These are super-zombies, though. That "cure" Umbrella was working on? Well, it actually makes the zombies more aggressive, but gives them some basic logic skills, along with an insatiable thirst for Sony products. More on that later, though. After dispatching the zombies, Alice and company follow Umbrella's helicopter back to the base. Everyone except for Alice takes the helicopter towards Alaska, who decides to settle this Umbrella Corporation business once and for all.

Now, the evil doctor who's been leading all this T-Virus experimentation has gotten himself infected, and over-injects himself with the "cure" for the T-Virus that he's been working on. Now, he's turned himself into a tyrant, and proceeds to tentacle rape a man's face. Also, he's got psychic powers. Now, it's up to Alice to fight him -- in a situation where she is told that she needs to go do a boss fight.

So now that I've gotten through all that, it's time to expound on the film itself. Resident Evil: Extinction attempts to be an epic film, creating a grandiose end for the series, and in doing so, removes itself almost completely from the Resident Evil franchise, save for some character names, and a good 15 minutes worth of screentime that resembled the original Resident Evil game.

The film doesn't let you forget its roots, either. I doubt that there was a gap longer than five minutes where they didn't show you a Sony product. When they were training the domesticated zombie, they first gave him a Sony phone, followed by a Sony camera. Let that sink in for a moment. Alright, good? To add to this, I thought Alice was just a walking advertisement for Heavenly Sword, with the way she fought with knives. It's product placement at its worst.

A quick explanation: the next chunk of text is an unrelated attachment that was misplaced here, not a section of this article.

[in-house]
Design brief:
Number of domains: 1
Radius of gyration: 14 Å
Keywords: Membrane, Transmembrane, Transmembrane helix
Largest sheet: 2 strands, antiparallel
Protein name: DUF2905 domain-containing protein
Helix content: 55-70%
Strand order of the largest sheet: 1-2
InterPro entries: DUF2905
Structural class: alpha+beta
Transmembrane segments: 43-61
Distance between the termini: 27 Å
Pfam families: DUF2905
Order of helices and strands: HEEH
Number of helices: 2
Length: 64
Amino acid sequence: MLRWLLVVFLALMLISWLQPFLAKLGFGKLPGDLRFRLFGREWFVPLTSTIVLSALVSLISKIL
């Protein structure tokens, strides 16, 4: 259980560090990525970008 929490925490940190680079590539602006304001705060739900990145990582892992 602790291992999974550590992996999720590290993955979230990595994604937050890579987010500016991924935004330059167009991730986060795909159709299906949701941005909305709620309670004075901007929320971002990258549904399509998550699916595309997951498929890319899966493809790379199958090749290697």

From a cinematic standpoint, the film was actually an improvement over the last one. Niero was fired from the position of Director of Photography, so the combat scenes were no longer filmed in shaky-cam-o-vision. The dialogue was totally unnecessary -- it was just something to fill up the time.

As a horror film, though, Resident Evil failed me. It relied heavily on simple jump scares -- what I mean by that is they have things happen rather suddenly in order to get a scare out of you. The film leans heavily on the typical events of a zombie film: someone gets bitten, but doesn't tell the others, eventually causing a disturbance; there's always one zombie that you didn't find; those survivors calling for help are actually robbers. The list does go on and on, but those are some of the major ones that you can see from a mile away.

Zombie logic, too, is something I take very seriously. The zombies range from barely being able to control their own motor functions to being able to operate cameras and scale a mock Eiffel Tower. There's too much of a gap in the film in how they operate. That's my rant for Weekend Reading, though, so I'll leave it be for now.

Does this film have any redeeming qualities? Most certainly not. By the time I came out of it, I felt drained of all emotion, almost as though I was a zombie myself.

Final score: 1/10
Forget it
/Rent it/Buy it